During early development, the spinal column begins as a flat plane. In the first month of pregnancy it begins to curl and eventually seals into a tube shape. When a child has spina bifida, this means the tube did not completely seal. There are three types of spina bifida:
The exact causes of spina bifida are unknown. However, genetics may play a role as well as high fevers and certain medications. A lack of folic acid during pregnancy may also lead to neural tube defects.
An exellent video explaining spina bifida is available to view here.
Children with myelomeningocele often have hydrocephalus and/or clubbed feet. Some children with spina bifida have problems such as curvatures in the back, hip dislocation, ankle and foot deformities and contracted muscles. Depending on the severity of the spina bifida, children are also at greater risk for paralysis and infection.
When treatment for spina bifida is necessary, it's done through surgery, although such treatment doesn't always completely resolve the problem. In its most mild form, Spina Bifida is a nearly invisible special need. In it's most severe form, a child may have paralysis in some degree and bowel/bladder problems.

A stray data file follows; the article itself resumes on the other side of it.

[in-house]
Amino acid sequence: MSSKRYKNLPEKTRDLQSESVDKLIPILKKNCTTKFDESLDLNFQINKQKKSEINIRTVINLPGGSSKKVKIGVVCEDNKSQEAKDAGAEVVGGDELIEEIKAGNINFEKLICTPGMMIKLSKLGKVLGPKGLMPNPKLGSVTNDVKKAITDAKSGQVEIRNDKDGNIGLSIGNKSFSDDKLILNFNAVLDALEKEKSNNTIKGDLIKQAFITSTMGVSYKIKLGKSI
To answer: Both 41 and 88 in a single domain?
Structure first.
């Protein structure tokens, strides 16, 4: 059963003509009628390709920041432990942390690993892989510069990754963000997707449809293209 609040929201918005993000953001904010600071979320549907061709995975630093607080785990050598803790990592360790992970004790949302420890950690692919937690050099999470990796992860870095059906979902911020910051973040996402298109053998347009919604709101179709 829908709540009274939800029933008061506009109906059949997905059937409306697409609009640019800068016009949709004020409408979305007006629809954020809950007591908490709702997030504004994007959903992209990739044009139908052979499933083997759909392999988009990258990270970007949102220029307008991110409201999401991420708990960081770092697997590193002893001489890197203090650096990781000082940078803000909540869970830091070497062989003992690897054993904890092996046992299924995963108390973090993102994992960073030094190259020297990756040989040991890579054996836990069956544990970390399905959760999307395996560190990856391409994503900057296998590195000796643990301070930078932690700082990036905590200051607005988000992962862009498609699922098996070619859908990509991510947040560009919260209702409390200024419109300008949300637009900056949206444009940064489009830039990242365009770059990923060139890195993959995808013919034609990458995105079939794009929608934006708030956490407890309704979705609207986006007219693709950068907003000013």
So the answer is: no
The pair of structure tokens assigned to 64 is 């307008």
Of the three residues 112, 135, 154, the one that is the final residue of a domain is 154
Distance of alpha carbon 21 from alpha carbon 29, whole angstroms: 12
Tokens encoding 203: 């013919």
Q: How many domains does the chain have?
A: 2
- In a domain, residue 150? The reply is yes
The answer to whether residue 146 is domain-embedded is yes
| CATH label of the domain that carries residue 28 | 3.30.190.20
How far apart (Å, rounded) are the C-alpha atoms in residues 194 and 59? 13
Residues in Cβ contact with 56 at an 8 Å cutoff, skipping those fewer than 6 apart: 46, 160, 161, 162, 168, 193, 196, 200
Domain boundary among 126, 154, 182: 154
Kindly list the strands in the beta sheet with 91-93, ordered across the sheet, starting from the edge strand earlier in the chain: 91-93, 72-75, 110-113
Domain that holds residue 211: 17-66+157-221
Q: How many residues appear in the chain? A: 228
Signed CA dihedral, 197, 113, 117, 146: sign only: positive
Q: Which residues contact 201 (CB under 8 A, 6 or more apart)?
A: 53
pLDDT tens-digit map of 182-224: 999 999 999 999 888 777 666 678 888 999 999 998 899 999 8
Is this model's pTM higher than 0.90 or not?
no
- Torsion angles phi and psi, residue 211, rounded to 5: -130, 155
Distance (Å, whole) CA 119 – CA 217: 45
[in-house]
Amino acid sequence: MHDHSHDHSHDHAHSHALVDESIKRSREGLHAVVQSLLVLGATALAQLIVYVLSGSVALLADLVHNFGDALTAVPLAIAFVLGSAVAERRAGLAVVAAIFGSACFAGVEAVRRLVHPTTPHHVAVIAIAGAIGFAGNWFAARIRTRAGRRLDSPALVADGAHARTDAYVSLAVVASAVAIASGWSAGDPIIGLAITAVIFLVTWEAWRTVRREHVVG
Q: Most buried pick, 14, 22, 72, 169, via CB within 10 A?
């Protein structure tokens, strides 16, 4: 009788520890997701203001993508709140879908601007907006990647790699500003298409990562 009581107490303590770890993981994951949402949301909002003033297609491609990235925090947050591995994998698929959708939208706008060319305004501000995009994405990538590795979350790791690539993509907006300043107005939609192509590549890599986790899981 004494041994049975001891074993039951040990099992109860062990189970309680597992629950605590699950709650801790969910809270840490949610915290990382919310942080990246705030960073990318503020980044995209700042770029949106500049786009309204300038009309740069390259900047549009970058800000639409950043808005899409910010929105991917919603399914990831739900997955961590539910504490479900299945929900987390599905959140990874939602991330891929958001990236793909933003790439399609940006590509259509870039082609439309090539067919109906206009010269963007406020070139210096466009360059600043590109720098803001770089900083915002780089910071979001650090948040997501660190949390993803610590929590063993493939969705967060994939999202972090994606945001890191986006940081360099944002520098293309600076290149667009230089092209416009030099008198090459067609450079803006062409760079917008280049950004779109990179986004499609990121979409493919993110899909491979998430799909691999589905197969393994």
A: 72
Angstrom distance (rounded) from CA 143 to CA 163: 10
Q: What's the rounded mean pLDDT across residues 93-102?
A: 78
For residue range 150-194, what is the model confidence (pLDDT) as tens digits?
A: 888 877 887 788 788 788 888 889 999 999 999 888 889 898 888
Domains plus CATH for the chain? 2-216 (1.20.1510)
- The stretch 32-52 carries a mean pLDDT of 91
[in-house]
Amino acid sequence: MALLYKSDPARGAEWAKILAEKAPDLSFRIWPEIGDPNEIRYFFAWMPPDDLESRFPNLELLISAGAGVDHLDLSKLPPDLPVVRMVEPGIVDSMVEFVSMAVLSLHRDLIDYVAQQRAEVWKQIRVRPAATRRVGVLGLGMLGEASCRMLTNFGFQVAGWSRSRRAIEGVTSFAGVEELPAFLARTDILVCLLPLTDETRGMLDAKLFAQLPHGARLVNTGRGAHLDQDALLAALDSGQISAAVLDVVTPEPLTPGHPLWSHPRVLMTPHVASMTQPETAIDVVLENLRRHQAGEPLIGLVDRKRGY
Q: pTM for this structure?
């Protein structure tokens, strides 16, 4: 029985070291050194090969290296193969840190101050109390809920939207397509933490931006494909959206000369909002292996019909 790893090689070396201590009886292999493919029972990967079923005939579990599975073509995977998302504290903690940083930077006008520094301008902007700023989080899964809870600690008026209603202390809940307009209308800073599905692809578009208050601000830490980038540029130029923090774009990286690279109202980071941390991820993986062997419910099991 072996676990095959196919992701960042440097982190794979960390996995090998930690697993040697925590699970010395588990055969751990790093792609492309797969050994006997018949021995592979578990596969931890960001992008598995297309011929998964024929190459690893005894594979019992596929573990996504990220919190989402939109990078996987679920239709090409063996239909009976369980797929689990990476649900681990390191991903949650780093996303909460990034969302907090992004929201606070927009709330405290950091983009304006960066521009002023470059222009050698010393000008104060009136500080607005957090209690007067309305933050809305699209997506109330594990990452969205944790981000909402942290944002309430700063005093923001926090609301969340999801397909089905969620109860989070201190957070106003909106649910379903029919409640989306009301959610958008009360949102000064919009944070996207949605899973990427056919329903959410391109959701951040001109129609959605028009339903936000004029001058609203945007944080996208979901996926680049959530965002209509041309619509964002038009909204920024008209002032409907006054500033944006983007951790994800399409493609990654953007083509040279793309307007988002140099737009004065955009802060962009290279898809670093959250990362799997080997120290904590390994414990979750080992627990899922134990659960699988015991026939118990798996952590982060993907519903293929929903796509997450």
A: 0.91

Parents of children with spina bifida receive support from a medical team that may include several doctors (such as neurosurgeons, urologists, orthopedic surgeons, rehabilitation specialists, and general pediatricians), a nurse practitioner, physical and occupational therapists, and a social worker. The goal is to create a lifestyle for the child and family in which the disability interferes as little as possible with normal everyday activities.
The long-term prognosis for children with spina bifida depends on the severity and treatment. Surgery should be done as early as possible to have the best possible results. However, children in certain countries may not be able to have early intervention. The longer a child goes without surgery, the greater the risk for serious, long-term complications such as infection and paralysis.